“When faced with a choice among colleges, go with the least expensive option,” Mark Cuban suggests. “Most 18-year-olds don’t know what they want to do with their life, nor do most 22-year-olds. Saddling graduates with high debt makes no sense.”
Before a panel with Keith Clougherty (CEO, Copley Retention Services) and Dr. Sara Goldrick Rab (Professor of educational policy studies and sociology, University of Wisconsin Madison) at the ASU+GSV Education Innovation Summit, Cuban shared with EdSurge his motivations for investing in the education space.
A savvy entrepreneur, Cuban has a history of getting in trouble with authorities for challenging rules that he doesn’t agree with and finds inefficient. Recently, he’s put money on several startups looking to shake up the higher education industry: Copley Retention Services, Ranku, Packback and Degreed.
“[Higher education] is a business that doesn’t know it’s going out of business,” says the graduate from Indiana University. “Colleges have been caught up with trying to keep up with the Jones’ instead of focusing on their customer. They’ve been too concerned with looking and sounding good instead of delivering a product.”
It’s no secret that universities spend millions on things that have nothing to do with student outcomes. Extreme examples can easily be found in the billions of dollars that top-tier sports programs spend to attract star athletes. (Cuban says he’s refused to fund an arena at his alma mater because he believes this is not what universities should be spending their money on--instead they should be focused on supporting student outcomes.)
Historically, Cuban says, colleges have catered to a particular segment of students who willingly pay full tuition for things like swanky cafeterias, climbing walls, and other amenities unrelated to educational outcomes. But he believes these students, “who will continue to get smarter about real value” will no longer be willing to pay for--let alone afford--such things.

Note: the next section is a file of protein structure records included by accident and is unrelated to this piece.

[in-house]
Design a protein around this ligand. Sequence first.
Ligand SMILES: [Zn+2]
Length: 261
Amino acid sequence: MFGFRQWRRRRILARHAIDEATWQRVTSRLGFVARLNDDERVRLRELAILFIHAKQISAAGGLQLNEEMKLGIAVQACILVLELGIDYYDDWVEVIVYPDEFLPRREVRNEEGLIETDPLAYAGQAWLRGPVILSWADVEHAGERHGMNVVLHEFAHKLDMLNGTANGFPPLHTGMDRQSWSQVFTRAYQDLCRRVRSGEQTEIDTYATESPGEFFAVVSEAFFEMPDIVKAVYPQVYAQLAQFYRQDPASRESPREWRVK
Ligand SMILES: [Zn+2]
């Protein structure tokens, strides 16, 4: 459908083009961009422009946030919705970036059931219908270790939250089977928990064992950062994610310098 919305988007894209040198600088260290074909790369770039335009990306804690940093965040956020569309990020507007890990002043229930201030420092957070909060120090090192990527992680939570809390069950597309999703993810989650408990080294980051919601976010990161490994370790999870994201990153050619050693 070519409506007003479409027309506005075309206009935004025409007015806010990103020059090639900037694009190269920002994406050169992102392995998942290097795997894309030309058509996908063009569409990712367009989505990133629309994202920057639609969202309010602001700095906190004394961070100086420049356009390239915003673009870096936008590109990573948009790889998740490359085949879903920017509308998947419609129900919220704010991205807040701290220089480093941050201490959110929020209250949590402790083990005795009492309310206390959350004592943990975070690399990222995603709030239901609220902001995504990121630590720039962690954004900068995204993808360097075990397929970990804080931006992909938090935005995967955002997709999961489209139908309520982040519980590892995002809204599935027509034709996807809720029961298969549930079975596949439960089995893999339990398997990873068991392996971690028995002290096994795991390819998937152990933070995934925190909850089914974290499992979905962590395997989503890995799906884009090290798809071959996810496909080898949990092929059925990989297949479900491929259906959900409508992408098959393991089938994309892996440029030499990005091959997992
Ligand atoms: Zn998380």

“As the market begins to shift towards outcome-based [goals], colleges will have to change,” comments Cuban. Pushback against high tuitions from students and parents, along with increased scrutiny from the government (seen in efforts like President Obama’s proposed college ratings system), will force colleges to rethink what value they’re really bringing to the table--or go out of business. In five years, he expects some schools to close up shop and others to change their models radically.
Easy access to money for college is also part of the problem, he says. Cuban believes the industry is currently propped up by government loans which has skewed the higher education business model. Cuban would like to see loan limits capped at $10K.
Cuban admits that he’s not an expert in higher education, but his gut feeling tells him “it’s broken.” His investment decisions, he says, depend “on relationships with people he can trust.” And he only picks entrepreneurs who develop relationships with their first customers and build slowly, instead of focusing on raising capital too soon.
He is bearish on the proliferation of accelerators and incubators: “Entrepreneurs shouldn’t participate. These programs focus entrepreneurs on raising money and not on building a business.”
“Incubators can become an easy crutch that get in the way of the entrepreneur,” he adds, arguing that every entrepreneur has to find his or her own way rather than following templates that worked for other companies in the past.
“I look for inflection points in the industry and I look for products that can scale,” he adds.